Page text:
by Kim Rogers
SAN DIEGO — Southern California native, Dan Willerd, was shocked this weekend to find his clothes, X-box, and treasured collection of Pirates of the Caribbean movies strewn across his front lawn. Nailed to the door, an empty carton of Ben and Jerry’s Phish Food dripped sticky droplets onto a note that read: “I know what you did! We’re through, jerk!”
Collecting his belongings, Willerd sighed forlornly at his own mistakes: “It was stupid, I know. But it’s just hard to be satisfied eating greens and lean meats day after day. Then I get this beautiful, chocolate deliciousness making eyes at me from the office freezer. What’s a guy supposed to do?”
Willerd has checked into a nearby motel while his diet cools down. However, the likelihood of the diet taking him back after the cheating seems slim.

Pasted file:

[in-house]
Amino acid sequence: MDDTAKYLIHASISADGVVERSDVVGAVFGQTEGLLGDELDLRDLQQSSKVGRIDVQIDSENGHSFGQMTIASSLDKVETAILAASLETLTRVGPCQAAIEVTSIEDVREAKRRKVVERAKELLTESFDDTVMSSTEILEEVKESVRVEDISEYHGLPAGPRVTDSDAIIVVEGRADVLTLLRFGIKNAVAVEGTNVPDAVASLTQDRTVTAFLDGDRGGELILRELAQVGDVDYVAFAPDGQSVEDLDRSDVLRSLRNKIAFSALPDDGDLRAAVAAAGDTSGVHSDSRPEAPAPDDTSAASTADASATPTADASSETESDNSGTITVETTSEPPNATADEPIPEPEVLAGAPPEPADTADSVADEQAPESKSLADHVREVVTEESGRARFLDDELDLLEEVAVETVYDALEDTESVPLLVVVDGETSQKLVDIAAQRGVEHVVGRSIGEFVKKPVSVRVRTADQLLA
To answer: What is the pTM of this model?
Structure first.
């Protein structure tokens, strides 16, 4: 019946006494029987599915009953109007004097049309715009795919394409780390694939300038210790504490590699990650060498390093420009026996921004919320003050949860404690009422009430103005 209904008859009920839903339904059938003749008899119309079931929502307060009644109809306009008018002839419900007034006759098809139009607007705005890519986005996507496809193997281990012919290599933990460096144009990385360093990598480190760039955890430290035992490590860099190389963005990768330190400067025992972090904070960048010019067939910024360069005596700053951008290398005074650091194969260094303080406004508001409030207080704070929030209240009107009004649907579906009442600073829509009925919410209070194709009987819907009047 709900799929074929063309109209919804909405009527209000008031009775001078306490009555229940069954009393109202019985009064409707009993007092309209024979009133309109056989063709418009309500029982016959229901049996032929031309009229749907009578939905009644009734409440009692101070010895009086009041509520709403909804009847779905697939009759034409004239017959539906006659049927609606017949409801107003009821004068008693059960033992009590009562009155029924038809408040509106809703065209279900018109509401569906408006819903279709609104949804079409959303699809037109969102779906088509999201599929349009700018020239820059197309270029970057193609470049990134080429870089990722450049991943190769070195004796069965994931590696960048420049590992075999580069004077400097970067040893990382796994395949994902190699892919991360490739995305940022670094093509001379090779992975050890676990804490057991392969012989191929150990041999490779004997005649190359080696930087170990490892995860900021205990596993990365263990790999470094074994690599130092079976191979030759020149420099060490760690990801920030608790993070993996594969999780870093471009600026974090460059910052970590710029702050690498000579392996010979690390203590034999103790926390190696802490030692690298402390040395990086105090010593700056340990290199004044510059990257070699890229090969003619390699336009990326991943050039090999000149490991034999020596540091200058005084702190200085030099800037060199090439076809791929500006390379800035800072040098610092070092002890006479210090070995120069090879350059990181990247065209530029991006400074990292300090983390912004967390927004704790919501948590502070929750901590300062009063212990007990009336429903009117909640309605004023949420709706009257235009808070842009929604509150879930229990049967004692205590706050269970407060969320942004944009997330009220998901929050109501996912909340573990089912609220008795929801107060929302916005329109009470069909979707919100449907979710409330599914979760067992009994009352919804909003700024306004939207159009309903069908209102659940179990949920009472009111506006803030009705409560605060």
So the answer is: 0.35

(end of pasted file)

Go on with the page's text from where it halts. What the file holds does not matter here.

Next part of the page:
“Can you believe that pig? I was suspicious when he came back from ‘boys’ night’ with loose cookie crumbs on his shirt, and a Dairy Queen receipt in his back pocket, but this was the icing on the cake!” the diet reported in a flurry of tears.
A close friend of Willerd’s, Jake Tushkin, was unsurprised by the incident: “Dan’s been on and off with that diet for years. He’s always saying ‘this time it’s gonna work.’ I’ve told him before, he needs to think long-term relationship goals. Frankly, they’re never gonna work out without a steady exercise regimen.”
Willerd’s dishonesty follows an upward trend of American men and women cheating on their diets, or even giving up on healthy eating altogether. According to the National Bureau of Health and Emotional Wellness, today nearly 50% of diet and exercise plans end in an empty Pringles tube and Judge Judy reruns.
In a last-ditch effort to win the diet back, Willerd appeared on his own doorstep with a juice cleanse and a boombox, belting along to a slightly altered version of Peter Gabriel’s “In Your Eyes,” entitled “No More Pies.”